"You open up their hearts, and here's what you'll find ... some humans ain't human, some people ain't kind."
- John Prine
DRIVING TO DES MOINES - It's sixty-three songs from Sheldon, Iowa to Rochester, Minnesota.
Got the Dixie Chicks, John Prine, Guy Clark, Jerry Jeff Walker, Mary-Chapin Carpenter, John Denver, The Clash, Bill Hicks, Cat Stevens, The Soggy Bottom Boys, Alison Krause, The Eagles, Green Day, Greg Brown, Woody Guthrie, Steve Forbert, Harry McClintock, all squeezed into the brown Honda.
Austin, Minnesota is thirty-four songs from Rochester.
In the early 1990s, Ruth, Sam, Emily and I lived in Byron, eight miles west of Rochester. We owned the tiny Byron Review, ran it out of the north side of our home on Byron Avenue. We scrimped and saved and hustled and fought with the city council, school board, lumber yard, elevator, fire department, and won the newspaper of the year award from the MNA in 1994. We went out of business later in the year.
Sitting in traffic in Rochester was the first time I felt kind of vulnerable with my bumper stickers: 9-11 Was An Inside Job, Jail Bush, Impeach Bush. Rochester is a conservative island in Minnesota. But it wasn't really that. I think I was just tired, depressed a little from having to leave home and think of three months ahead of me on the road, and so maybe I was poking along a little and getting some looks from my fellow Americans.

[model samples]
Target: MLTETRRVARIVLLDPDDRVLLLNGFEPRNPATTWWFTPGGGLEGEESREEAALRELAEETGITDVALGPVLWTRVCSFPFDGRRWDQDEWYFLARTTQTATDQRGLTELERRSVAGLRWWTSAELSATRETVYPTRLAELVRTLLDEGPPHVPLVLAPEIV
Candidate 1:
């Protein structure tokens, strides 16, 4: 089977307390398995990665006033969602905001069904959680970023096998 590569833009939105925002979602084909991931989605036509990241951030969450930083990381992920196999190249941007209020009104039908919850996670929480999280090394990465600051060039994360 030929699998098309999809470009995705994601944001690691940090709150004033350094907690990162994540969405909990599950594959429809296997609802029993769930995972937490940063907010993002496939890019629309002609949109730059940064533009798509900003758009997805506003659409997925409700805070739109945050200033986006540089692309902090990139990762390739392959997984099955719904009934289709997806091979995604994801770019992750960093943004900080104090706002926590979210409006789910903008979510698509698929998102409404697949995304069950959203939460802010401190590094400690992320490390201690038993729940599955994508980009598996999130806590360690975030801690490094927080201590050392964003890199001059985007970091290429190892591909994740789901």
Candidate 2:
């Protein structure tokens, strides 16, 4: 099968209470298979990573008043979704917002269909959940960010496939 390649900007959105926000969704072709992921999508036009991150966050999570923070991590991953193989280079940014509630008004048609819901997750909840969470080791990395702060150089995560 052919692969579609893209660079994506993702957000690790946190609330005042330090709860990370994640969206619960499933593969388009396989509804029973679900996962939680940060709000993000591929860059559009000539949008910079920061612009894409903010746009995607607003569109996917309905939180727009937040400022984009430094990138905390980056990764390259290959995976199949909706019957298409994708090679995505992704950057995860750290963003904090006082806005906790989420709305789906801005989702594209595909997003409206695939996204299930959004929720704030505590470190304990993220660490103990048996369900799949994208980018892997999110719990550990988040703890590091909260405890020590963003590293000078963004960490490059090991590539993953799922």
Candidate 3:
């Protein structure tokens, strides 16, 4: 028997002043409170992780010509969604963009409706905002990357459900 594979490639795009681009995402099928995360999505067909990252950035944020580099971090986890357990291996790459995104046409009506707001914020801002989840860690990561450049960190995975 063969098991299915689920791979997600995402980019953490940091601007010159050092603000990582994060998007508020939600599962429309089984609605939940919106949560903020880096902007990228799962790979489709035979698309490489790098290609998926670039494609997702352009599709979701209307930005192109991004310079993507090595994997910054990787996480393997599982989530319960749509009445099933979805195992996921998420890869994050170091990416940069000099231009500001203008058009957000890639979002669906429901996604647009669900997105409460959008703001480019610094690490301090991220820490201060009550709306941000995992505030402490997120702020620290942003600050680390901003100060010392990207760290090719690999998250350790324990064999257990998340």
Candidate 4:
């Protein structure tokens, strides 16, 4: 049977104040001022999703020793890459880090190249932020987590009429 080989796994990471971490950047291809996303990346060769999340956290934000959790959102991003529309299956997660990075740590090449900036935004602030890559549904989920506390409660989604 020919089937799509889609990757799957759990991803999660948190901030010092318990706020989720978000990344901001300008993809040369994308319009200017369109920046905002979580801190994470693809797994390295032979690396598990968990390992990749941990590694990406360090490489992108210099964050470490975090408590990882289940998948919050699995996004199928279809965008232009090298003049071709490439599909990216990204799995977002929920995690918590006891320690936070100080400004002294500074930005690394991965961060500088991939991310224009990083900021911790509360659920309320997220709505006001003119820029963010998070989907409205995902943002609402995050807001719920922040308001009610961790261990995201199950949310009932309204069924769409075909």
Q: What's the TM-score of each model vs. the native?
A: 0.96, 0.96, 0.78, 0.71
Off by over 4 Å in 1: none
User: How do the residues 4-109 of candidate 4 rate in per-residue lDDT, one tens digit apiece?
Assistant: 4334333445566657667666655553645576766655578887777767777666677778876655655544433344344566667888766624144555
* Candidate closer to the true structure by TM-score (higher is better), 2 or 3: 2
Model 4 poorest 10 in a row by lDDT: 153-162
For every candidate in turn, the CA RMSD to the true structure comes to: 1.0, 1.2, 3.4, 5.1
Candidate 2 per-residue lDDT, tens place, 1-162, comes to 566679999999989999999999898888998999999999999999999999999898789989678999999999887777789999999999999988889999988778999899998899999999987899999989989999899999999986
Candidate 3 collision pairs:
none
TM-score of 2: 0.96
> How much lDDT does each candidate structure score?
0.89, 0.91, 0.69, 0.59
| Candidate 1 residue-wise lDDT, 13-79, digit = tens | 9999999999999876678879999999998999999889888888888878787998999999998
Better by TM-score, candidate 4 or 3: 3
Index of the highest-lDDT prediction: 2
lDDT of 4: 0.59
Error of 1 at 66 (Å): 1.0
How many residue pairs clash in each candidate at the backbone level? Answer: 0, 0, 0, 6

But I've got a license to drive slow - Iowa plates.
And now I remember how fast people in southeast Minnesota drive. They are busy people, getting things done, going places. I try not to get in the way.
Sitting in heavy traffic on Broadway Avenue in Rochester I kept an eye on the fat blonde woman behind me with no neck driving the forest green Dodge Caravan. Had my hand on the auto-lock in case she opened her door.
Once when I was a seminarian at the College of St. Thomas in Saint Paul in 1979 I flipped a trucker the bird as I drove past him in my 1959 brown and white Chevy. Just because I thought I could, and get away with it.
As I sang along with an Eagles song I could see a familiar truck getting bigger in the rearview mirror.
I had to stop and the trucker pulled up next to me, got out of his truck, came around to my door and pounded on the door and the window, saying somebody should teach me a lesson.
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